Lee Maxwell Washing Machine Museum (credit: oldewash.com)
Sure, the big museums in Denver are amazing, and you should definitely spend some time browsing all the great spots for nature, science, art and history. However, there are a lot of smaller museums that pay tribute to some very different types of history. From dolls and toys to firefighters, washing machines and jails, there are some museums that are a bit different and even a little weird. Here are some of the top weird museums to visit in the area.
Denver Museum of Miniatures, Dolls and Toys
1880 Gaylord St.
Denver, CO 80206
Spend some time browsing the fun exhibits at the Denver Museum of Miniatures, Dolls and Toys. You’ll find a plethora of different collections that are sure to whisk you back to childhood or amaze and delight your own children. Check out the cathedrals and castles built entirely out of matchsticks, view the fully furnished miniature houses or check out the small trains, plans and cars. Delight in the antique dolls, artisan miniatures and Japanese dolls. Be sure to check back often, as it also features a great selection of rotating temporary exhibits that change every three months. This museum is a fun way to spend an afternoon browsing through the history of toys and dolls and getting transported back to your childhood.
Related: Top Smaller-Scale Museums in Denver
Denver Firefighters Museum
1326 Tremont Place
Denver, CO 80204
Housed in the original Firehouse Number One since 1909, the Denver Firefighters Museum is home to more than 100 years of exhibits, artifacts and fascinating information. Learn all about the different ways that fires were dealt with in the past. From the process of communicating a fire to personal protective tools and gear to different items used to fight the actual fires like horse-pulled or motorized fire trucks and the different types of hoses, there’s a lot to learn. There is also a fun display on the second floor that explains all about the training and living quarters at Station Number One. You’ll learn all about how difficult it is to become a firefighter and what it is like to live in the station. This is a fascinating museum and one that is definitely worth a visit.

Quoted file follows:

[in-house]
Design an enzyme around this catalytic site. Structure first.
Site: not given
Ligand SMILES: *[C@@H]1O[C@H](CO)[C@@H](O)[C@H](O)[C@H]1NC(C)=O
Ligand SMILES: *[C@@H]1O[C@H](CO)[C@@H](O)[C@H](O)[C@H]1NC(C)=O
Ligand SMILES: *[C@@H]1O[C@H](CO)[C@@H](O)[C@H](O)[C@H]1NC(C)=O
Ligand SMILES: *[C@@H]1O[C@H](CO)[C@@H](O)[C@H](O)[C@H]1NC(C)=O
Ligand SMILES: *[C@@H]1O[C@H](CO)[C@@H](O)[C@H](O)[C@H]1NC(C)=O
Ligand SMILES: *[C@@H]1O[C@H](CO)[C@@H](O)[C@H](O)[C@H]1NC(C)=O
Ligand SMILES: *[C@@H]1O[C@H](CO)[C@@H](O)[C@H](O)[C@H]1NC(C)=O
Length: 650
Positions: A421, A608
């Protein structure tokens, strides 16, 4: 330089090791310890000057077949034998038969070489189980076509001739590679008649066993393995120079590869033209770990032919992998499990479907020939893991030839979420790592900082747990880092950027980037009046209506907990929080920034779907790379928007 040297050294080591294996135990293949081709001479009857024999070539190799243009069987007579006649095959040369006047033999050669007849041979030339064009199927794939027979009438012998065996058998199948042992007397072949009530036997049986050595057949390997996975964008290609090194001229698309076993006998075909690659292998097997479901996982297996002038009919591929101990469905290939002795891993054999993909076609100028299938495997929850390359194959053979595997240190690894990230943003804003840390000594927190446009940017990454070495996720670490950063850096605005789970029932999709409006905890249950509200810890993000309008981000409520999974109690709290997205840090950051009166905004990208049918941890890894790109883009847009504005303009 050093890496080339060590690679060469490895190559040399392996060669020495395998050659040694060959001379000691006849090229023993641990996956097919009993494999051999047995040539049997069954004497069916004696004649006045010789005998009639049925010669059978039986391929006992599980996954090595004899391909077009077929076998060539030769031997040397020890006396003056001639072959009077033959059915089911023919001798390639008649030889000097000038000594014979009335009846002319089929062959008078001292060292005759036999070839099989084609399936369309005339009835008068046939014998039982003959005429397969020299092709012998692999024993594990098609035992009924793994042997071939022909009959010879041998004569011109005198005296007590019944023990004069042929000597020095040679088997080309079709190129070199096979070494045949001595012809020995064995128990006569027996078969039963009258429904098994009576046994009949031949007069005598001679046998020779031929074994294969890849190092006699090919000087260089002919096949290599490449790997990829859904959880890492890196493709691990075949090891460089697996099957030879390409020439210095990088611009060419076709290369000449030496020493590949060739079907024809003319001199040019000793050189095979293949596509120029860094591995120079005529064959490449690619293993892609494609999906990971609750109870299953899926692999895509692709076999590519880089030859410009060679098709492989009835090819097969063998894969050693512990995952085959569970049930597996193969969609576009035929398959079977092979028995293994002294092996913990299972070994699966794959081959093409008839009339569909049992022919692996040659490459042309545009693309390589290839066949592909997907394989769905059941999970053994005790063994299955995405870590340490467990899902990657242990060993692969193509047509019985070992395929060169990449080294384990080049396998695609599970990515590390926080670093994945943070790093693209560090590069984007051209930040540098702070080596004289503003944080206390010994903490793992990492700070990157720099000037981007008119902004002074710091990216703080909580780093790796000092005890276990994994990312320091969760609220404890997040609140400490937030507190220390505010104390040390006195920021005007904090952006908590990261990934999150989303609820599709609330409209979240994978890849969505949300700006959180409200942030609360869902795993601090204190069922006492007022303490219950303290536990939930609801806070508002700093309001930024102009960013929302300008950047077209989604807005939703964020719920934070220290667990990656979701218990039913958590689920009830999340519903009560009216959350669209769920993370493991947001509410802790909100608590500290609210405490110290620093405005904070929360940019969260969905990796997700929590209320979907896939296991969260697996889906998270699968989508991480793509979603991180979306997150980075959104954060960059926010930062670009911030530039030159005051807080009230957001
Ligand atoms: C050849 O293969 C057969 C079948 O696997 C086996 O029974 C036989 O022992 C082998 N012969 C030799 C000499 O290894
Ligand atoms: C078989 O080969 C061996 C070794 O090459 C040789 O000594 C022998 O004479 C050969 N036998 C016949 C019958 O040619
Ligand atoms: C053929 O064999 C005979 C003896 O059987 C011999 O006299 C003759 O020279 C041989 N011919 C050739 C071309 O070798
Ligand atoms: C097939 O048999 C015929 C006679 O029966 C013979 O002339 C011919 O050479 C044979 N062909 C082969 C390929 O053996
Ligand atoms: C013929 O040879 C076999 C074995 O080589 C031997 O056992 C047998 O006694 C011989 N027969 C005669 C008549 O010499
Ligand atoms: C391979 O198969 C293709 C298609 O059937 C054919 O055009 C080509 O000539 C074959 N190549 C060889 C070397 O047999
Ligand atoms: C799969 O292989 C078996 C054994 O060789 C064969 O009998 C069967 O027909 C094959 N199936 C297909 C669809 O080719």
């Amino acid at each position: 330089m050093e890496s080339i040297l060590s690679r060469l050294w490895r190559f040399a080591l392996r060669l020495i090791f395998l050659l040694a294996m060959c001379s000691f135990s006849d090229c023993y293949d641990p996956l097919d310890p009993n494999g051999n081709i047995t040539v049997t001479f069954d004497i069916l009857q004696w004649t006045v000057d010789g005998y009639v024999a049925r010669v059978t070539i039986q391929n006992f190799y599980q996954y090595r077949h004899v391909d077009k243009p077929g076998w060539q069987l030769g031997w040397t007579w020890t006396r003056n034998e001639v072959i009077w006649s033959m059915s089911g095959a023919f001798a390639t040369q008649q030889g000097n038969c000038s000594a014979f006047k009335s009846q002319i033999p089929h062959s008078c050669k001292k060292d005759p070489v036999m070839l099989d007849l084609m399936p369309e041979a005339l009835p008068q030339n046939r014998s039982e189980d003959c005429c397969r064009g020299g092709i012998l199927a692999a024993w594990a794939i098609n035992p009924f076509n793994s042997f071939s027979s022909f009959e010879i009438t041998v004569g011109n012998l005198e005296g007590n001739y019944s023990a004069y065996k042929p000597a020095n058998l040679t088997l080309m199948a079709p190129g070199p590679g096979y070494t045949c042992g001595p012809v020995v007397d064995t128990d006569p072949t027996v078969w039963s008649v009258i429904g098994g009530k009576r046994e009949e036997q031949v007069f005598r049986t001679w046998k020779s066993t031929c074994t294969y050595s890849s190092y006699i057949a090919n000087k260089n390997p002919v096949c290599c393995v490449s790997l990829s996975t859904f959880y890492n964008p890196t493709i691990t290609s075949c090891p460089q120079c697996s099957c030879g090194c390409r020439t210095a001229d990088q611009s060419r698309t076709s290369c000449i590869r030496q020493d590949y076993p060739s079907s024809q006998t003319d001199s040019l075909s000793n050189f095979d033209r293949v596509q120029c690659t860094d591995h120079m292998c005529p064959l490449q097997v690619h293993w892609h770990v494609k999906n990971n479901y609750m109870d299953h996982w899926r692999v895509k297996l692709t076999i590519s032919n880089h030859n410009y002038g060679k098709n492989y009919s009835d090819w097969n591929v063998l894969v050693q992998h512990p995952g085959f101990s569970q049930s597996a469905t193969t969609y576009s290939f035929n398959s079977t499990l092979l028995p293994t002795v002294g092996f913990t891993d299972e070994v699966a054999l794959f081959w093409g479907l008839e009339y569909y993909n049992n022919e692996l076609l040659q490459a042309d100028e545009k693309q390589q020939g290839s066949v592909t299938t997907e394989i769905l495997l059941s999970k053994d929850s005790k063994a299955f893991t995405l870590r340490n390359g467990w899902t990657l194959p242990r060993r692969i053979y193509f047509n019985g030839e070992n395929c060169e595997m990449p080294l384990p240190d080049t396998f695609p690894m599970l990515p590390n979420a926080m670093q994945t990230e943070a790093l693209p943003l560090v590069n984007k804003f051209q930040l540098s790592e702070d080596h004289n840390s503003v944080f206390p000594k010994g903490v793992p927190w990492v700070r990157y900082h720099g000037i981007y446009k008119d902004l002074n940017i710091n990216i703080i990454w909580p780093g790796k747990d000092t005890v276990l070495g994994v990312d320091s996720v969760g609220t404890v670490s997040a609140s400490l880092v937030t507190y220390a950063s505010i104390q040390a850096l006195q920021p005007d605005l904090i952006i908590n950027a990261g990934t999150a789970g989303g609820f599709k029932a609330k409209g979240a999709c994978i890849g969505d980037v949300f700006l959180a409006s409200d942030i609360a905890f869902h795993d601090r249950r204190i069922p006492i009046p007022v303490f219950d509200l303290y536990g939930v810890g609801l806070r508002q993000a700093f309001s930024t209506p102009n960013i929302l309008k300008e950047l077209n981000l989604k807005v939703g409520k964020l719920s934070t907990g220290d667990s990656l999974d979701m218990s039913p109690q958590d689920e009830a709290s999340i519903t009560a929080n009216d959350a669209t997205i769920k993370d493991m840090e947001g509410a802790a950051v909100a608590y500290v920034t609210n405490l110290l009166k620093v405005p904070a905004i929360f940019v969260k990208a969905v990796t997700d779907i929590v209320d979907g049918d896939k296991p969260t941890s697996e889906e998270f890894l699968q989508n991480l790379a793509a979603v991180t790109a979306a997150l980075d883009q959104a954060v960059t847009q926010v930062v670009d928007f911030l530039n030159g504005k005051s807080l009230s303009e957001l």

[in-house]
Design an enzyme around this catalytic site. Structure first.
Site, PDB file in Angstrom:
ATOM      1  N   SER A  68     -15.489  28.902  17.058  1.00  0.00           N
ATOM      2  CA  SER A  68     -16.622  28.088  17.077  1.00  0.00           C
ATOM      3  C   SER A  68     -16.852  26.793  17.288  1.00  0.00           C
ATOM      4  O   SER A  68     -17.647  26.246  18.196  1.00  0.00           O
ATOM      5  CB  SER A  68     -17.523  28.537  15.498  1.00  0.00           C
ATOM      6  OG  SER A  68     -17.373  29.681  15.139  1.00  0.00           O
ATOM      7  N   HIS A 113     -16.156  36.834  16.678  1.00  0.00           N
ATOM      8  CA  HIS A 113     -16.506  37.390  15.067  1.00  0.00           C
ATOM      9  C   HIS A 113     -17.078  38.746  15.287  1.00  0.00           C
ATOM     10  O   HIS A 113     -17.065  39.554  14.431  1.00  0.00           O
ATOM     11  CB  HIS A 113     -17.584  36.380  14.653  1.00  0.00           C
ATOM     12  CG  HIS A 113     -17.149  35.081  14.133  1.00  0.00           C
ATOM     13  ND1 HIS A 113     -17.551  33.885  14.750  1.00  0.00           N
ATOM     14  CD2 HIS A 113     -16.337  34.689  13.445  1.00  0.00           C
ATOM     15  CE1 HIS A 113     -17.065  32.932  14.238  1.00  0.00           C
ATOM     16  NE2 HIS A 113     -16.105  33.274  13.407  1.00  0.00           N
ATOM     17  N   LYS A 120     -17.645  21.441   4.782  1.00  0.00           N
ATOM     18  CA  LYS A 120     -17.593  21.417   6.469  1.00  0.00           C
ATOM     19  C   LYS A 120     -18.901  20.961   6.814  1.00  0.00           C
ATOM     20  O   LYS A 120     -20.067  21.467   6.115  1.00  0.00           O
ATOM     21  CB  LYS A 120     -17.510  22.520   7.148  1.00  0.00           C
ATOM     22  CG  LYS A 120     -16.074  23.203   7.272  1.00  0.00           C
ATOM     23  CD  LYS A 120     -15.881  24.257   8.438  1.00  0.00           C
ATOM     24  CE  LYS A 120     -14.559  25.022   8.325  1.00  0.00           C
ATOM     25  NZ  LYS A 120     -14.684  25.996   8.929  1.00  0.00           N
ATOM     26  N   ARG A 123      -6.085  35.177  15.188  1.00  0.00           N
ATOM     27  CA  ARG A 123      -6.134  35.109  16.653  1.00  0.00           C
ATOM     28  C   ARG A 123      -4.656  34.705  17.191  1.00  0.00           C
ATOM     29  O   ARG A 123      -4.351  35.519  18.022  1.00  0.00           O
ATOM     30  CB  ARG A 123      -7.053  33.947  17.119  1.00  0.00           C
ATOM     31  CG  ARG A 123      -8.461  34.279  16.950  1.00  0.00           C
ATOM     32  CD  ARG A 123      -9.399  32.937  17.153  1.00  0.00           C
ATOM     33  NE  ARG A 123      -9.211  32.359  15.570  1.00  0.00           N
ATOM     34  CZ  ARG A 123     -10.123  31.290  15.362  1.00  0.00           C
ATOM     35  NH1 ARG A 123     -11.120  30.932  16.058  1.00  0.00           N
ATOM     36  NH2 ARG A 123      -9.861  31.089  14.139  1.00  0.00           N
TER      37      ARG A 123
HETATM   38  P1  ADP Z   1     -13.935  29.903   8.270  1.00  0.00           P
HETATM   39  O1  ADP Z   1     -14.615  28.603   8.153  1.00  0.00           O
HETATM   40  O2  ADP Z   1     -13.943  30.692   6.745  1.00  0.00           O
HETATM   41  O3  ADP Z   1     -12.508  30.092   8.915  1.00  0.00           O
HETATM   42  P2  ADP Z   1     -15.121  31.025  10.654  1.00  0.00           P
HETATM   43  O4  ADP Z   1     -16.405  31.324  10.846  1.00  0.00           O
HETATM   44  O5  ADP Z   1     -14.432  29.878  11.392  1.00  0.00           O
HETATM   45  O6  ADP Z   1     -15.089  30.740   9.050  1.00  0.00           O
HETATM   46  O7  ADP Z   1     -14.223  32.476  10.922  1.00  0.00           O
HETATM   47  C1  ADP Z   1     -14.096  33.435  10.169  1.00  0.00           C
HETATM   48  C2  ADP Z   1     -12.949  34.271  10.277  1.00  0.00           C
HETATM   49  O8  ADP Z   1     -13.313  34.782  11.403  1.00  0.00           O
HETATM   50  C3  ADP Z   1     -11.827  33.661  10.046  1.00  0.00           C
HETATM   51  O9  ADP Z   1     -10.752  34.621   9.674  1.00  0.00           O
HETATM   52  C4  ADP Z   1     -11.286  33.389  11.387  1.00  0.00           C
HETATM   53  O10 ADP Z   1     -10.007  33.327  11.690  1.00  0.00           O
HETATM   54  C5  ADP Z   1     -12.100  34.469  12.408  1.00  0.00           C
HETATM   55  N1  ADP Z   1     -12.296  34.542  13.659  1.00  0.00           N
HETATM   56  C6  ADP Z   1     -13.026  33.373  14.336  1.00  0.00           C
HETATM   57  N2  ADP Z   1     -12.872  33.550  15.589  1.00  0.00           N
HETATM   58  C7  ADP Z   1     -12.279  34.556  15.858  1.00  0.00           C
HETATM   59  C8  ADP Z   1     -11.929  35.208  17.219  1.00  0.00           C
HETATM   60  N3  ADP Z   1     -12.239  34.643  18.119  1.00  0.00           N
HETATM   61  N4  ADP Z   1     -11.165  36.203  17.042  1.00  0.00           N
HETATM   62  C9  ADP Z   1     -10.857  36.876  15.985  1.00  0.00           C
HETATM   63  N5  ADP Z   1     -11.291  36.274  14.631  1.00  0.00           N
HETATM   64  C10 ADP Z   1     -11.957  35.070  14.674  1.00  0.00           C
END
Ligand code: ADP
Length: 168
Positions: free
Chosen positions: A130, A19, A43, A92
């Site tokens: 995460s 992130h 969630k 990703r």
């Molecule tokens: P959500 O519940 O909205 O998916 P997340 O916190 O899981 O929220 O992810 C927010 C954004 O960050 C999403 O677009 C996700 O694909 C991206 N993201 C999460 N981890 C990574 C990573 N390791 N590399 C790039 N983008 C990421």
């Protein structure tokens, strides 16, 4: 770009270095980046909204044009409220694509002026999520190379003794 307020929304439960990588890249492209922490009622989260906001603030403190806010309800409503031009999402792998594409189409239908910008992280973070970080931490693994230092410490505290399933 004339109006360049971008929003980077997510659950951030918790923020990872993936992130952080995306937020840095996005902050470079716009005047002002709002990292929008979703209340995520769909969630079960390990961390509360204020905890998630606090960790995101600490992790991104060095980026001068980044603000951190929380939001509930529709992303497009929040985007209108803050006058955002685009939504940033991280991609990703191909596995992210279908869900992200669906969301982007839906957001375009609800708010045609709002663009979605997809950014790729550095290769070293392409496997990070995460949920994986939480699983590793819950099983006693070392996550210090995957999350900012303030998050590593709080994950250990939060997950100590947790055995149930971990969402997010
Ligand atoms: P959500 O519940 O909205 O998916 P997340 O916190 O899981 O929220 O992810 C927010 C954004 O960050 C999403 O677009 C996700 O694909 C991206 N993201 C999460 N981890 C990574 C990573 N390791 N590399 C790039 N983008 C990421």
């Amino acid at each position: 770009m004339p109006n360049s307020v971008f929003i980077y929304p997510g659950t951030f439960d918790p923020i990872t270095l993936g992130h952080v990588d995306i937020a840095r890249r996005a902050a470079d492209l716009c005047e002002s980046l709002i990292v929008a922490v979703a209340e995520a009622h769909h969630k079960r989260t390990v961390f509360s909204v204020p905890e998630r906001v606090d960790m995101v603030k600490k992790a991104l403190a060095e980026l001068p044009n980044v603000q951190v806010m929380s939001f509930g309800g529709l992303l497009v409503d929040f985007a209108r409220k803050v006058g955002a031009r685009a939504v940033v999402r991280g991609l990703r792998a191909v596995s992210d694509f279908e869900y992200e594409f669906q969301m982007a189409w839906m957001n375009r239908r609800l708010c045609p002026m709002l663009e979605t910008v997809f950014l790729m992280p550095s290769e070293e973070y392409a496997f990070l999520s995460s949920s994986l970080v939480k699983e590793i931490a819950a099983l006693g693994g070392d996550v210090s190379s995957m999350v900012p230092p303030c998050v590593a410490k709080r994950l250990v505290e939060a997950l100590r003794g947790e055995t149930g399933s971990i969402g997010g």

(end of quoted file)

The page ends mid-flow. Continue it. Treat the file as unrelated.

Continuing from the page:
Dillon Schoolhouse Museum
403 La Bonte St.
Dillon, CO 80435
Schools today are vast structures with tons of hallways and huge gymnasiums. However, in 1883, schoolhouses were quite different. Take a look at an actual 1883 school, restored to look just like it did when the students filled the seats every day. You’ll find all the traditional old school artifacts like slates and chalk, individual learning stations, chemistry sets, a phonograph, typewriters, clothing and so much more. A tour of this schoolhouse is a fascinating way to learn all about the history of what it was like to go to school before the modern age.
Lee Maxwell Washing Machine Museum
35901 CR 31
Eaton, CO 80615
The washing machine may be the home appliance most often taken for granted. It holds a vast and impressive history, as people throughout the years worked to find different ways of cleaning their clothes. The Lee Maxwell Washing Machine Museum will show you all the different machines that were used while you browse through the museum with the Guinness World Record for the most antique washing machines. You’ll find more than 1,400 different machines dating back to 1840 as well as all the different tools like washing bats, washer skates, washboards and more. The electric washer wasn’t mass produced until 1906, so there are a lot of pre-electric machines to look at as well as electric ones. Tours are available by appointment only so make sure to call ahead.
Cripple Creek Jail Museum
136 W. Bennett Ave.
Cripple Creek, CO 80813
The legends and lore of the Old West make up some of the most interesting history of the state of Colorado. You can take a visit back to those days with a tour of the Cripple Creek Jail Museum. Housed in the building that used to be the Teller County Jail for nearly 90 years, the Cripple Creek Jail Museum is now a place to browse through the original cells and experience what it was like on the other side of the bars. You can also browse through exhibits that tell you all about the different criminals, police logs from the 1890s, early newspaper accounts of crimes and so much more. It’s a truly authentic jail museum and one that is sure to make a lasting impression.
Deborah Flomberg is a theater professional, freelance writer and Denver native. Her work can be found at Examiner.com.